Are Handovers of Patient Information from Crisis Teams to Hospitals Done Properly?


Community-based mental health crisis assessment teams tend to transfer clinical and historical information about clients to in-patient psychiatric units, but frequently do not transfer information about the clients’ own wishes and preferences, according to a study in the Journal of Mental Health Nursing.

“No previous research has investigated the handover between crisis assessment and treatment teams and inpatient psychiatric units, despite the importance of handover to care planning,” noted the researchers. “The aim of the present study was to identify the nature and types of information transferred during these handovers, and to explore how these guides initial care planning.”

Led by Deakin University researchers, the study examined the transfer of verbal and document information about people from community-based mental health teams to a major tertiary referral hospital in Melbourne, Australia for five months in 2013.

“Clinical information, including psychiatric history and mental state, were handed over consistently,” the researchers found. “(H)owever, information about consumer preferences was reported less consistently. The present study identified a lack of attention to consumer preferences at handover, despite the current focus on recovery-oriented models for mental health care, and the centrality of respecting consumer preferences within the recovery paradigm.”

(Abstract) Handover of patient information from the crisis assessment and treatment team to the inpatient psychiatric unit (Waters, Amanda et al. Journal of Mental Health Nursing. Published online before print December 1, 2014. DOI: 10.1111/inm.12102)


  1. This would be very valuable research additionally if the US were too engage in this important project as well. It seems that in some instances political influence, economic driven professionals and policy has taken priority vs. “recovery”. Here in NH, not much is public pertaining to data outcomes; yet the “rule of law” mentions “recovery/wellness” minimally (1+ times ish!) of the 28 pages recognized, unfortunately for those under “care”, this has become the method of determination- sadly, not the preferences of a service beneficiary.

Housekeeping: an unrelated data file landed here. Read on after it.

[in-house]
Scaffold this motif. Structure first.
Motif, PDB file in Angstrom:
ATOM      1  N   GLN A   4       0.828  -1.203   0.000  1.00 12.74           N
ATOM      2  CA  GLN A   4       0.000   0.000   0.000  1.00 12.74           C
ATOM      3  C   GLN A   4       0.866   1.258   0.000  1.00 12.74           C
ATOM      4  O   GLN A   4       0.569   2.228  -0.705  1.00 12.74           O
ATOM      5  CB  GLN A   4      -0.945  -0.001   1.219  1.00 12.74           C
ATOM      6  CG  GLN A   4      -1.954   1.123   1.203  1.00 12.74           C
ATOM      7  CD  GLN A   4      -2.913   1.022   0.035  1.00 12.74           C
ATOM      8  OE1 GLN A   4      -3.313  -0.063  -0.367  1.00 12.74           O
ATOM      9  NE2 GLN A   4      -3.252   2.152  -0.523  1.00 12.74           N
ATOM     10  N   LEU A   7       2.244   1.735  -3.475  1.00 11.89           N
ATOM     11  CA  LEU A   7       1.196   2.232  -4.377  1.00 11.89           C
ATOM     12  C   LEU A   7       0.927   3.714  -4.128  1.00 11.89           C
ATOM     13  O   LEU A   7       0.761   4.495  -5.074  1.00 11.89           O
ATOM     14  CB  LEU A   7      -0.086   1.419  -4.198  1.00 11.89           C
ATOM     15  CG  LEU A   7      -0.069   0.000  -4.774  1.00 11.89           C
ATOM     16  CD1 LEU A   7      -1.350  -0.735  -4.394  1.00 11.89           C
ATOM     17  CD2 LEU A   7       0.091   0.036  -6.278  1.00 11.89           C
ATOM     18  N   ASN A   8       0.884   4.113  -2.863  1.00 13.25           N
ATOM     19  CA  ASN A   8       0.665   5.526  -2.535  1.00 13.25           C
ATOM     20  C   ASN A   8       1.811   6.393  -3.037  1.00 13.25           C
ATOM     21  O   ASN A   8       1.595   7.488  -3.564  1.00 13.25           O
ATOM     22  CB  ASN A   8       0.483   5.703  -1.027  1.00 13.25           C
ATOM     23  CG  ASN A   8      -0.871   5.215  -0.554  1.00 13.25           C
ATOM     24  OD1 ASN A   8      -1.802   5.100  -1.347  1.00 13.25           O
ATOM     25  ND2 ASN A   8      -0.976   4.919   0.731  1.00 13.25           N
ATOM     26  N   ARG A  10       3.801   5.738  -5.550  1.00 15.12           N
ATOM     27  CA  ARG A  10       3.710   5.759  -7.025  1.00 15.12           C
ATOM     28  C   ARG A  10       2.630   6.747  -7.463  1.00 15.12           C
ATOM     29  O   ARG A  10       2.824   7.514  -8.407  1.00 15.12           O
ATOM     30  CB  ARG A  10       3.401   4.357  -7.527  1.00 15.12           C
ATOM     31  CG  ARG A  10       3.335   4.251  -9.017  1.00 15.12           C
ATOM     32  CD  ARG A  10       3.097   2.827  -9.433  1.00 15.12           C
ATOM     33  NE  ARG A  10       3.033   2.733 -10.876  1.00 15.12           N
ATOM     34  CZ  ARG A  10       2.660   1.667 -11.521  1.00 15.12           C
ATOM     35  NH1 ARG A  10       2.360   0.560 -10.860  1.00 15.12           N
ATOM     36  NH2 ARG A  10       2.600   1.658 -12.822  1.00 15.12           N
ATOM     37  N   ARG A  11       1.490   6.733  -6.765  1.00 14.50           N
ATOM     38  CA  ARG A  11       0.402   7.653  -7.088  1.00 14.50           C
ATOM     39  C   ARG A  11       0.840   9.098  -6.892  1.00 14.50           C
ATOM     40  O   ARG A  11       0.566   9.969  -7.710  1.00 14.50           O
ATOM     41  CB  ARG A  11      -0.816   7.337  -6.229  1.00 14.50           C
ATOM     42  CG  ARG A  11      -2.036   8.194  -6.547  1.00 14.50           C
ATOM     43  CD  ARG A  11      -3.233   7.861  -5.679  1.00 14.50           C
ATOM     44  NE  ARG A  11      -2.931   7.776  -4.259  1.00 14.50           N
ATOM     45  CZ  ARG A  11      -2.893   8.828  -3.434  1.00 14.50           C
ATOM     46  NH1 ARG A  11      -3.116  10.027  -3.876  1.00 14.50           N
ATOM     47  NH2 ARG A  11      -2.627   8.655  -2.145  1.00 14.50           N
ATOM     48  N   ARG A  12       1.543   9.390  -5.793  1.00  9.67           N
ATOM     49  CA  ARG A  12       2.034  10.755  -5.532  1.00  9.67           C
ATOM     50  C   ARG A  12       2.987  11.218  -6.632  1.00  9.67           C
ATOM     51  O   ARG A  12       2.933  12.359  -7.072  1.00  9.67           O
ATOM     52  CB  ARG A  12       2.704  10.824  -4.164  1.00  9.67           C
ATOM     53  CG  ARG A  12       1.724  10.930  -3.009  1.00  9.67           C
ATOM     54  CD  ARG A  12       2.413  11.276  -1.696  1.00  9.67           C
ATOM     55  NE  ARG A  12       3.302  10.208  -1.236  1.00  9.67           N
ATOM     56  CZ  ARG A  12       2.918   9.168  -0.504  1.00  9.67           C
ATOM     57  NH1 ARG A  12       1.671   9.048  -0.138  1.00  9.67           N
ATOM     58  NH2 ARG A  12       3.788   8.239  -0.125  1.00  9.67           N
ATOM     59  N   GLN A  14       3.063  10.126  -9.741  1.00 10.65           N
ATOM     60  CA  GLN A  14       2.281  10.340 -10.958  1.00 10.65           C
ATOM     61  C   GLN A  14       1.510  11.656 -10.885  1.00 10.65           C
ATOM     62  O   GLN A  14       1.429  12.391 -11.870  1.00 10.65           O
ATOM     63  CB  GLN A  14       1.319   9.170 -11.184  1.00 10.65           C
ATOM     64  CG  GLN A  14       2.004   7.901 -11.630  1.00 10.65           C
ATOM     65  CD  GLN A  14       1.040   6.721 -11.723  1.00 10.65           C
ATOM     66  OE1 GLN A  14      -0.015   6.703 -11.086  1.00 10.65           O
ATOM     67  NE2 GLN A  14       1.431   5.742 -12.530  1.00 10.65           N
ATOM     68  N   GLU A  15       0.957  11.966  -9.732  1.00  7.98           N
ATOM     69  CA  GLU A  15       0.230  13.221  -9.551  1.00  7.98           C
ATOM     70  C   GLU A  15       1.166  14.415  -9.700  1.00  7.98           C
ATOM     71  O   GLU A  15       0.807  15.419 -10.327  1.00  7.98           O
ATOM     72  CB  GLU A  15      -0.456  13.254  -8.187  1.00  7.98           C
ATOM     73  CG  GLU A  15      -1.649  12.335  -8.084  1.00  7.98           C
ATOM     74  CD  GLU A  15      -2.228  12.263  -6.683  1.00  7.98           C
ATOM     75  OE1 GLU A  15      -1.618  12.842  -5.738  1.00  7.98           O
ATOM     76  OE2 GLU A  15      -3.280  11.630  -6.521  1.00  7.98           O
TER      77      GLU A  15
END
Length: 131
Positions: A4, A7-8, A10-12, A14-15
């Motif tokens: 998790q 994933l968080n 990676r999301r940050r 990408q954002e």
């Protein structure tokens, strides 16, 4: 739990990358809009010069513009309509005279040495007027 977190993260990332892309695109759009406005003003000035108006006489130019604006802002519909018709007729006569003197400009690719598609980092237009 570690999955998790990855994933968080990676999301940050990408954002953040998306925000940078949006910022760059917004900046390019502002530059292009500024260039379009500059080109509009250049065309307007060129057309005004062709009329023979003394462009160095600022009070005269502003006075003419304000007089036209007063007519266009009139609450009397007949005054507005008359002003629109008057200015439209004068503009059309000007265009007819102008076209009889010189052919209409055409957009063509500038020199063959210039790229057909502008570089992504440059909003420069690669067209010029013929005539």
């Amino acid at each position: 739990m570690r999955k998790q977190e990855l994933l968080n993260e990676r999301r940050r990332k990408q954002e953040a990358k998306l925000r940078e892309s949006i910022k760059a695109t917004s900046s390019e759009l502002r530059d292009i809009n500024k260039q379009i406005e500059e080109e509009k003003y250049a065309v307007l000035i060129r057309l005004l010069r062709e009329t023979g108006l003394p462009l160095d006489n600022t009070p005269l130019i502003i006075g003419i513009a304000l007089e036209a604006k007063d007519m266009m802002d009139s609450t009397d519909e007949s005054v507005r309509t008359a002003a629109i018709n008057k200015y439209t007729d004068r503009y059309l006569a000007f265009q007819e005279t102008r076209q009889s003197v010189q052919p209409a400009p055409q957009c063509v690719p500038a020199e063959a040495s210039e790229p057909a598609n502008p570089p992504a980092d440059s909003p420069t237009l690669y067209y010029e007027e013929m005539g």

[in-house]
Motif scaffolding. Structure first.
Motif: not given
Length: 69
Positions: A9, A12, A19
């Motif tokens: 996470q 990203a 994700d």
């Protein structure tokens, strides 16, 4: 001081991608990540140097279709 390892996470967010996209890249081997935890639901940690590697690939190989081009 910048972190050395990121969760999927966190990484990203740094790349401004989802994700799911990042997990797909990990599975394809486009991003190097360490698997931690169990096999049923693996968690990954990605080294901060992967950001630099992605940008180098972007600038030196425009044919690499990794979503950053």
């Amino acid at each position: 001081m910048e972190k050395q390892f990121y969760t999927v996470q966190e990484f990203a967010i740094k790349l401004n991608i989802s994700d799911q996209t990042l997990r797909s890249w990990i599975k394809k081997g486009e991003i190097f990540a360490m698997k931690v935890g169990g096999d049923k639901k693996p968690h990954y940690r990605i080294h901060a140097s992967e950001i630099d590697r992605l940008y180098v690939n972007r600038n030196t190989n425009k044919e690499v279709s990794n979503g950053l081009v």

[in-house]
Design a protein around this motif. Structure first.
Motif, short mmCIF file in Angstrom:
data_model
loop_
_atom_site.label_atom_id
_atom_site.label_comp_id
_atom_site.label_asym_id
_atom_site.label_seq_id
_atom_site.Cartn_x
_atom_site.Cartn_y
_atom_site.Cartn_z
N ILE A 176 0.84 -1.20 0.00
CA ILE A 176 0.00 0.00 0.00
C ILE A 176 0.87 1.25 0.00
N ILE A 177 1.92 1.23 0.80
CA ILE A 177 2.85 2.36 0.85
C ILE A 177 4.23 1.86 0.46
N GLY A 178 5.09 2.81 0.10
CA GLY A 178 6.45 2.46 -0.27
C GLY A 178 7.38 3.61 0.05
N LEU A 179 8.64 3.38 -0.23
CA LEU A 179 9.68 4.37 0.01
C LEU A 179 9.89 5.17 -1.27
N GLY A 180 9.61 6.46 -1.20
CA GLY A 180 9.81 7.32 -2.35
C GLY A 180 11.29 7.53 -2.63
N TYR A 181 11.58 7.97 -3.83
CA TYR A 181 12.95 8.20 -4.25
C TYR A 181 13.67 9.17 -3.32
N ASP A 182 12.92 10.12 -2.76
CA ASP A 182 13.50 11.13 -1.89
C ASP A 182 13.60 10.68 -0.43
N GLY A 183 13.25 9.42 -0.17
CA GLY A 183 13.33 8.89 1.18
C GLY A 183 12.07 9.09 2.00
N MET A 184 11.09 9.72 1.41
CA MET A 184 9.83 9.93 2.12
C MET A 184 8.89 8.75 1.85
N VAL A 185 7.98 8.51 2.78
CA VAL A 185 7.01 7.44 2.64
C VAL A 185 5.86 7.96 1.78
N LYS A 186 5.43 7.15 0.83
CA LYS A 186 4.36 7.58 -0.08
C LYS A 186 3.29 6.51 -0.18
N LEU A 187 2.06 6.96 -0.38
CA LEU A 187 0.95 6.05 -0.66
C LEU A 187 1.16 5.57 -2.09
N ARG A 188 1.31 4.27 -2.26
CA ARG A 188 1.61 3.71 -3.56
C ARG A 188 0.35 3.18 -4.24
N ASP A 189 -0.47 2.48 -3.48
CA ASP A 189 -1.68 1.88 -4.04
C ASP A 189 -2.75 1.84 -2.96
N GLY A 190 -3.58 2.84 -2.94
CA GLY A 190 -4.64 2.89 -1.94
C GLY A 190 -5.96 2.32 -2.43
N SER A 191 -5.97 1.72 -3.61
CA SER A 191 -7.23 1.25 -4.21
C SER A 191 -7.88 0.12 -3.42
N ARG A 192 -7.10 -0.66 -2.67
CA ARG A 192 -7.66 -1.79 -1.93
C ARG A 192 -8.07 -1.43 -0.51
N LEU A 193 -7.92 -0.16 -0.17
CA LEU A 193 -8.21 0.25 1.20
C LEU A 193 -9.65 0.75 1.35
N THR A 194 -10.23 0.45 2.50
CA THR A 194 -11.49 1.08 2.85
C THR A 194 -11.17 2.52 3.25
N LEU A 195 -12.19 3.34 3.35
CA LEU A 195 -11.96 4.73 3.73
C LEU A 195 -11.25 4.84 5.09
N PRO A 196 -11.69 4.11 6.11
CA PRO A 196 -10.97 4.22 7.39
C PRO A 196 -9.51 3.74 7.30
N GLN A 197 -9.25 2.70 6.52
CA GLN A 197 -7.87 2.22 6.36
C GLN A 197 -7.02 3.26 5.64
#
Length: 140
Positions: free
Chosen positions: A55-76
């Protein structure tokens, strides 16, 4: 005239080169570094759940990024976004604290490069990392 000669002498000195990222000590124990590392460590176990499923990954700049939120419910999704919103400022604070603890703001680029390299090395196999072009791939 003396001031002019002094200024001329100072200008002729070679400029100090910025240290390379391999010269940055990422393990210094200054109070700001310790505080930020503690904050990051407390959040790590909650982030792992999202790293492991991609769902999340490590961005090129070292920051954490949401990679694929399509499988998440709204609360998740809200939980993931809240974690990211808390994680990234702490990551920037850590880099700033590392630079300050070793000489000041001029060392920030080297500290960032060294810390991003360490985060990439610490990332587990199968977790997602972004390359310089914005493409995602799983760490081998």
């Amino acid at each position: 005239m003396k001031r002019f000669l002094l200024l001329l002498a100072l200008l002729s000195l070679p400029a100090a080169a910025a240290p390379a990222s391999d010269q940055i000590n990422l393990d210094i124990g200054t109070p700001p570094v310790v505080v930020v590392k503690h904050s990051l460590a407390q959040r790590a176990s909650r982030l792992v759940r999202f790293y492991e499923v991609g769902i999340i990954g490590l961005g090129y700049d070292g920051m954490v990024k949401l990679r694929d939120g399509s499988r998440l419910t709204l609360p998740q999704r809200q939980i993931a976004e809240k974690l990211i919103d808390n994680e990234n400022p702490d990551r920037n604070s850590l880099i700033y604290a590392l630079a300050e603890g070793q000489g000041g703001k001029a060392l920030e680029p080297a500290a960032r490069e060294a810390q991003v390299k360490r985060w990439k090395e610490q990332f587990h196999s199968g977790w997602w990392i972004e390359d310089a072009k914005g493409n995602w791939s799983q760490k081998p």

One may surmise this would lead to longevity of income generating services by providers in order to sustain profitability as an organization vs. best interests of individuals needs, that lead to “recovery” and release from such crisis intervention.
    Thank you for this article.

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  2. Here’s the problem for me with all of this.

    I am not a “consumer” if I am forced to buy or use a product! Why they play this word game and call people who are forced into so-called “treatment” consumers is totally ludicrous and laughable. How stupid do they think we are?

    Consumers choose what they want; people who are forced by the system to take the toxic drugs and live on locked units against their will are not consumers by any stretch of the imagination. We are forced to “consume” their toxic drugs which assure that we’ll always be coming back but we ourselves are not “consumers” in the sense of the word as they use it. So, it’s no wonder at all to me that the personal preferences of the “consumers” are not communicated to the “in-patient” facility.

    Let’s face it and be real. We are commodities for the system, we are not “consumers.” Commodities do not have personal preferences since commodities are a means to an end and nothing else. We are there to generate money for the system and they have a vested interest in keeping us coming back for their “product.” So, we are forced to accept what we do not want. But we are never “consumers.”

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  3. RE :We are there to generate money for the system and they have a vested interest in keeping us coming back for their “product.”

    You have that sooo right.

    Universal Health Services, (UHS, Inc.) in the news. UHS, Inc. is frequently in the news for substandard care, abuse, and fraud.

    This site is dedicated to all the people who were harmed or killed in UHS facilities . They speak for those who have no voice, to protect others from experiencing the pain they endured.

    For the entire 2012 fiscal year, UHS posted a FAT bottom line. Profit was up 11.4 percent to $443.4 million. Revenue increased 3 percent to more than $6.96 billion, and UHS’ adjusted EBITDA stood at $1.23 billion. As of Dec. 31, UHS also has more than $1.4 billion in assets.

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